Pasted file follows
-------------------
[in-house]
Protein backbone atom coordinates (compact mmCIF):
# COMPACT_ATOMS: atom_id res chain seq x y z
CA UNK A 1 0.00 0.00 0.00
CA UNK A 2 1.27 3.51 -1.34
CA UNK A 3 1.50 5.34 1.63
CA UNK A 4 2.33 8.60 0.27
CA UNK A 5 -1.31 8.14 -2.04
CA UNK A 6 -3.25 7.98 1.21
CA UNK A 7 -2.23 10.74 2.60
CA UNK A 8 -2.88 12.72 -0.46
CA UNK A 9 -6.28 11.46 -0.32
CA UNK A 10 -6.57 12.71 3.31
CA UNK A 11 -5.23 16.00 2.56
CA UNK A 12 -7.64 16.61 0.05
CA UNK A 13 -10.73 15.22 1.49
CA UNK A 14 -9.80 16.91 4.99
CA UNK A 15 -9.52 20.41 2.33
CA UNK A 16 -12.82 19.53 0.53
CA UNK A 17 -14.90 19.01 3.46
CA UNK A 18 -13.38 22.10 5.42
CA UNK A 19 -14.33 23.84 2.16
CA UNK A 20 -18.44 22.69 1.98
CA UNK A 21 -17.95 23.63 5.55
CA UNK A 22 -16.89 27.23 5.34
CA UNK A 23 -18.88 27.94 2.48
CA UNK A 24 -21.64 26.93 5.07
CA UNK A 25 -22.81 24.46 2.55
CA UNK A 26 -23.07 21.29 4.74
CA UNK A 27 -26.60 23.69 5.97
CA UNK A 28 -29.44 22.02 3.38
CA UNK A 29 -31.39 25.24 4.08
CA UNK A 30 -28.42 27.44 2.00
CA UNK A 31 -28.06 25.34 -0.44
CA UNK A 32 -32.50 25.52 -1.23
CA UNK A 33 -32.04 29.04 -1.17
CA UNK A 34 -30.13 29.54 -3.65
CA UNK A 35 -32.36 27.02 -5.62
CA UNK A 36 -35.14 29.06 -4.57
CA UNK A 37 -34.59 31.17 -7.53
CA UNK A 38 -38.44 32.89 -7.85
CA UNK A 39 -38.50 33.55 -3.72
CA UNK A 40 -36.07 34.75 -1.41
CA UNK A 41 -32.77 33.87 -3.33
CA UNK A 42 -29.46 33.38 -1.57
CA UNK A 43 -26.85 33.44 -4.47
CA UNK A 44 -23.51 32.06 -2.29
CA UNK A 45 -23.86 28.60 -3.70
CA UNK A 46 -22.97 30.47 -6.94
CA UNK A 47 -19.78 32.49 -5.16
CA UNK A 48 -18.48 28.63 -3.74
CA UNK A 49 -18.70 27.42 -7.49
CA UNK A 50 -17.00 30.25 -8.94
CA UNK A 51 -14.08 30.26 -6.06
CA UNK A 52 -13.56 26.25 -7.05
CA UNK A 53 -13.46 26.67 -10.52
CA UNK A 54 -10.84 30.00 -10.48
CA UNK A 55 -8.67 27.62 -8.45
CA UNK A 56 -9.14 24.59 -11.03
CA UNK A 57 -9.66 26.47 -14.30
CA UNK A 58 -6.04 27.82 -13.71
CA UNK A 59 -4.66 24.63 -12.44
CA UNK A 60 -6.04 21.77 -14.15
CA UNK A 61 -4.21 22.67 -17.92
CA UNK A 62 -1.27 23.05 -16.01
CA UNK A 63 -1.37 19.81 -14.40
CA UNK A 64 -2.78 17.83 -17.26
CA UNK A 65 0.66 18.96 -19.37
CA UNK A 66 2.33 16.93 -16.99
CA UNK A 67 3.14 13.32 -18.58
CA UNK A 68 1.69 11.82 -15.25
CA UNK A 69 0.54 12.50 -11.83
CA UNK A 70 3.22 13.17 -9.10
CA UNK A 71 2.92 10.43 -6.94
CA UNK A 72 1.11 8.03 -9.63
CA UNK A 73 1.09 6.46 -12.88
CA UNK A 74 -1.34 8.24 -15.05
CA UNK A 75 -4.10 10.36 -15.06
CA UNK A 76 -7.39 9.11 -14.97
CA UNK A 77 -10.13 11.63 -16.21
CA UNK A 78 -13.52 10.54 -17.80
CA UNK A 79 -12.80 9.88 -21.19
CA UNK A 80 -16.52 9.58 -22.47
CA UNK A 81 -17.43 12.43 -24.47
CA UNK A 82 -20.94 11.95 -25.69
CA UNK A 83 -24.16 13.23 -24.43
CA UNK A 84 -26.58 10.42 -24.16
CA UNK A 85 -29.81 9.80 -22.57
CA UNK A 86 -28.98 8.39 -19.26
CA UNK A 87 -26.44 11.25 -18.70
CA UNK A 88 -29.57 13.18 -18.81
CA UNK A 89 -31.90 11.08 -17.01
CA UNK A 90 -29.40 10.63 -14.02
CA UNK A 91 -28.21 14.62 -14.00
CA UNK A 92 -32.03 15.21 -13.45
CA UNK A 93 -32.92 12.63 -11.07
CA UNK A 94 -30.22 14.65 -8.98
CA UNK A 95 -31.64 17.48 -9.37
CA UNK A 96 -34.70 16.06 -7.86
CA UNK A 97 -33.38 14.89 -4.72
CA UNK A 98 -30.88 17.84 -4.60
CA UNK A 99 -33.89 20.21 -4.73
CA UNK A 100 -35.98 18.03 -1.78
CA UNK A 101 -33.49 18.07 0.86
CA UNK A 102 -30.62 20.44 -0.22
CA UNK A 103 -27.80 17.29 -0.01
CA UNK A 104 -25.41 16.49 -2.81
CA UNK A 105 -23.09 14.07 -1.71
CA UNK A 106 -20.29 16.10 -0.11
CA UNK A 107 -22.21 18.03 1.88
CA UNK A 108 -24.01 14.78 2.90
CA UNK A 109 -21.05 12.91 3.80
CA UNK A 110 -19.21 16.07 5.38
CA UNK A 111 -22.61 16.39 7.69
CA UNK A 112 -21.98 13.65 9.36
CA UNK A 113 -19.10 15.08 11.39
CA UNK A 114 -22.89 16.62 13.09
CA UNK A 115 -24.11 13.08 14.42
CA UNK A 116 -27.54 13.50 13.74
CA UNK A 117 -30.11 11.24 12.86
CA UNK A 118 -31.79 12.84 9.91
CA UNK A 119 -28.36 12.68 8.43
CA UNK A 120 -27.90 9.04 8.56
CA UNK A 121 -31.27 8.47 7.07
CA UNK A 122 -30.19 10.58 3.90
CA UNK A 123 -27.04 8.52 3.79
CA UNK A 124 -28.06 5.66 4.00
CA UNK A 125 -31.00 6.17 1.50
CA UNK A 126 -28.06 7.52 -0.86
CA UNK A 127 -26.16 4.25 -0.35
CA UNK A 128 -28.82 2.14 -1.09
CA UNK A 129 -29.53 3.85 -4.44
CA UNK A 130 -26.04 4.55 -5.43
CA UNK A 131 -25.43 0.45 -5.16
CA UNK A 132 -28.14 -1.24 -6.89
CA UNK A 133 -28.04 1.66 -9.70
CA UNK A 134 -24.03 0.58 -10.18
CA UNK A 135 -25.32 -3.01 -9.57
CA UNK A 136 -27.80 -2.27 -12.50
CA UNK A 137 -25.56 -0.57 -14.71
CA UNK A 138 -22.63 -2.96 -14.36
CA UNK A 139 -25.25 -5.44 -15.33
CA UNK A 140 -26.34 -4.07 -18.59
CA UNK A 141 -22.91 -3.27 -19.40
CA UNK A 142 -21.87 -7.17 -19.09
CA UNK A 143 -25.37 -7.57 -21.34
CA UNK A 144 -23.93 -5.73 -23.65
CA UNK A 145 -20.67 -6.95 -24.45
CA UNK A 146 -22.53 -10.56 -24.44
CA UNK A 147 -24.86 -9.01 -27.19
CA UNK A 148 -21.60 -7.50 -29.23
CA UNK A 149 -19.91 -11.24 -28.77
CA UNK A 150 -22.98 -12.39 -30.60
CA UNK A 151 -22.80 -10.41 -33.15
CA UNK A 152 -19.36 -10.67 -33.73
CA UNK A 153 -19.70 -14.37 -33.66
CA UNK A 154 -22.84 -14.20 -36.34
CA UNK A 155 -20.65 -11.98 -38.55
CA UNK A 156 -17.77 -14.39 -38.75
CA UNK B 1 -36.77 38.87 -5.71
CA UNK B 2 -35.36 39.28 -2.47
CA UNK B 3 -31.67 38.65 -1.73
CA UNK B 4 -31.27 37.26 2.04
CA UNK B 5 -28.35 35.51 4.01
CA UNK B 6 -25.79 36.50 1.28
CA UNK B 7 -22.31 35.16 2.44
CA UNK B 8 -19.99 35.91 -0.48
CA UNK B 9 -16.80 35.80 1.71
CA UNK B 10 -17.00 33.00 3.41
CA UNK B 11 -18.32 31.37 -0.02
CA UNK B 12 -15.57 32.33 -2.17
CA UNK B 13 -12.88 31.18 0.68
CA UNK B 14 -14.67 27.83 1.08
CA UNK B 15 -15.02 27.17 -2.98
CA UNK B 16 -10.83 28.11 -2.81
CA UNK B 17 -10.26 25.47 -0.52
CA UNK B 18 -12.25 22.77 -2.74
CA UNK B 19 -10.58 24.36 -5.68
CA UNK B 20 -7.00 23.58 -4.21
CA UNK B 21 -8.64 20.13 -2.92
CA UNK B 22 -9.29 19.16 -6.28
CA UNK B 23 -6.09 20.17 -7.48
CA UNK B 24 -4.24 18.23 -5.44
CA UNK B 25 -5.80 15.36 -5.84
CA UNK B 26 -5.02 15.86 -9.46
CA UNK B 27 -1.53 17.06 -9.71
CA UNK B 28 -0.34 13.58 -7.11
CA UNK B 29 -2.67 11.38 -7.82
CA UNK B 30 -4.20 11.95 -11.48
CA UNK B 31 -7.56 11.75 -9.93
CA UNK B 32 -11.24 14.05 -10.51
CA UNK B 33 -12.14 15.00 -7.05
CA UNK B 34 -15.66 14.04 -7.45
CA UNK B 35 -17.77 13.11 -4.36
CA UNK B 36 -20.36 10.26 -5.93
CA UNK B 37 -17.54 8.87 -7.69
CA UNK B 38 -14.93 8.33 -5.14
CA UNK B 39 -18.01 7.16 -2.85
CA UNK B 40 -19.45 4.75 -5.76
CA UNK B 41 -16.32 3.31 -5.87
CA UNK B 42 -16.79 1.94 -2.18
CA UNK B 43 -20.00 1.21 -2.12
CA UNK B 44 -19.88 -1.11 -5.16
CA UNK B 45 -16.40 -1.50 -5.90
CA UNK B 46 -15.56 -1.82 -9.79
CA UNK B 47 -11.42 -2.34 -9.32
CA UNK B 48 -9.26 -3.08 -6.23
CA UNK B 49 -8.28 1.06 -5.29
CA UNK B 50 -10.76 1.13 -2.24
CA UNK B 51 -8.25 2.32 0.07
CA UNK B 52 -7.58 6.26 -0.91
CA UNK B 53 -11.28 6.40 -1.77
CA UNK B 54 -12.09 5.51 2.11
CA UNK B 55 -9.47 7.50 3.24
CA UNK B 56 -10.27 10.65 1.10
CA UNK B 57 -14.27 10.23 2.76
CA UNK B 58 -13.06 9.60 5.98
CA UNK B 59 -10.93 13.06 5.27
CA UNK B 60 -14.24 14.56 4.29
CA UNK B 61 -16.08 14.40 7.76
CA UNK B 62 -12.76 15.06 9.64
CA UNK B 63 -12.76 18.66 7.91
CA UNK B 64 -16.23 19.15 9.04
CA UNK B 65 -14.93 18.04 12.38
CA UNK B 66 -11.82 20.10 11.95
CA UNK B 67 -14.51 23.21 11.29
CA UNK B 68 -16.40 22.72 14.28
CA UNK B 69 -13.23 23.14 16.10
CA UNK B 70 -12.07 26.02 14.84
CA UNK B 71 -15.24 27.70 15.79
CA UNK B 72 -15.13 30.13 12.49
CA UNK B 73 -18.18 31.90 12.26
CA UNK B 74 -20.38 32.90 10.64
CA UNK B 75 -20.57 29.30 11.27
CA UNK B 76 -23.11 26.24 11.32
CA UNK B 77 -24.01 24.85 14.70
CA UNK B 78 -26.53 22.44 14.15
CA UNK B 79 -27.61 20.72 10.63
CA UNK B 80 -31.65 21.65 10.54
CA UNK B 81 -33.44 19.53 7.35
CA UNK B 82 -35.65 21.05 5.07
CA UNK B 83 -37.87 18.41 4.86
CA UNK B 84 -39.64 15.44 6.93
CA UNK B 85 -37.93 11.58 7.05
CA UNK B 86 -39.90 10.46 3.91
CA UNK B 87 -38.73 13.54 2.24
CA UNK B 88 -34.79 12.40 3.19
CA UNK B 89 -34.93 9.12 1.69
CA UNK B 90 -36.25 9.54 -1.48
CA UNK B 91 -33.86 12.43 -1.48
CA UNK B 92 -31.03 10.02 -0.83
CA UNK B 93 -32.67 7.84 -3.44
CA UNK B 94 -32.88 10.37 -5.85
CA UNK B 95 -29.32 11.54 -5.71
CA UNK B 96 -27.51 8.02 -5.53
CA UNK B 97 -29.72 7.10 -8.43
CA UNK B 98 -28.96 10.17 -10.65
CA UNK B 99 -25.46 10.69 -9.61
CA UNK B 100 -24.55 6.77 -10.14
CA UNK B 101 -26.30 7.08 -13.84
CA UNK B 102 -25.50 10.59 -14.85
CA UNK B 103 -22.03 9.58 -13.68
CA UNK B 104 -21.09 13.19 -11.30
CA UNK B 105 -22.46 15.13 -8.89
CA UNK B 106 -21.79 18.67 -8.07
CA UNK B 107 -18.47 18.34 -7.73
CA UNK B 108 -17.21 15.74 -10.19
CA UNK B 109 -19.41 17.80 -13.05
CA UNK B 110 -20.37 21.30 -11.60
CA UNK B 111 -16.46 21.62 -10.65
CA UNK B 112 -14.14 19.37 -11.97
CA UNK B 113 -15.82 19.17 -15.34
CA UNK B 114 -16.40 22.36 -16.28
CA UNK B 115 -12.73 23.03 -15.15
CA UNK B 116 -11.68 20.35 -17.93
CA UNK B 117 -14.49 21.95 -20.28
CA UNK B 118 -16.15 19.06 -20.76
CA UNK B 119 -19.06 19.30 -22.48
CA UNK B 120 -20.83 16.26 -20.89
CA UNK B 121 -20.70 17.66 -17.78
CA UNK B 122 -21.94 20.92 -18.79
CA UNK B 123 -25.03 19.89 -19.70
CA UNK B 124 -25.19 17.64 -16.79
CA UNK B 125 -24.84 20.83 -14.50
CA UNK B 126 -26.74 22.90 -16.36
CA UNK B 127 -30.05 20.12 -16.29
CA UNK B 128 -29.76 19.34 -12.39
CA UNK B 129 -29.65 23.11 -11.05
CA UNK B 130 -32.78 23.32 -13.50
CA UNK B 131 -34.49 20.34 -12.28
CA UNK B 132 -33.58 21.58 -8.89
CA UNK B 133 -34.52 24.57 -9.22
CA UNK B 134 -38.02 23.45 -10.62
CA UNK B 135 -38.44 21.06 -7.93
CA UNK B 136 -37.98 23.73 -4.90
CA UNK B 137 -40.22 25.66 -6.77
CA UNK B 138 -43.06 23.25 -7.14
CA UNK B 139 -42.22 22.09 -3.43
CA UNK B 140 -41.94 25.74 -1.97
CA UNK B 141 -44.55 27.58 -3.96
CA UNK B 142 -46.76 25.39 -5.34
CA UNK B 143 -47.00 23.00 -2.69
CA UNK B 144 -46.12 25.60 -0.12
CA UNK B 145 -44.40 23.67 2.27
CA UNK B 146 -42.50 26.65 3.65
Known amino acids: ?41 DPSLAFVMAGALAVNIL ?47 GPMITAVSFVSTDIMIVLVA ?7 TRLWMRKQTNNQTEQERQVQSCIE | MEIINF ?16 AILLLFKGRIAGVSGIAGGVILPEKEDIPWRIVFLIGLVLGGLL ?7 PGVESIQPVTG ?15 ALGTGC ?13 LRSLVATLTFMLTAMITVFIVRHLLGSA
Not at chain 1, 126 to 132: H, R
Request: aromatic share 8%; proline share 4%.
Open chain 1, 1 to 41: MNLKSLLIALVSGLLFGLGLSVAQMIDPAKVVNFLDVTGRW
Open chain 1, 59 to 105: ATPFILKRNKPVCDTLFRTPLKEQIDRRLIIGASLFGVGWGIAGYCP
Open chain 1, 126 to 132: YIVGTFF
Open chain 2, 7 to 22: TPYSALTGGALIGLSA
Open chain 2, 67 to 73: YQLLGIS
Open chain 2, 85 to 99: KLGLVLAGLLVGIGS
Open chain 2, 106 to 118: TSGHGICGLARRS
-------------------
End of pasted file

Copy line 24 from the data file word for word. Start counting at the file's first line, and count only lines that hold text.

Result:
CA UNK A 21 -17.95 23.63 5.55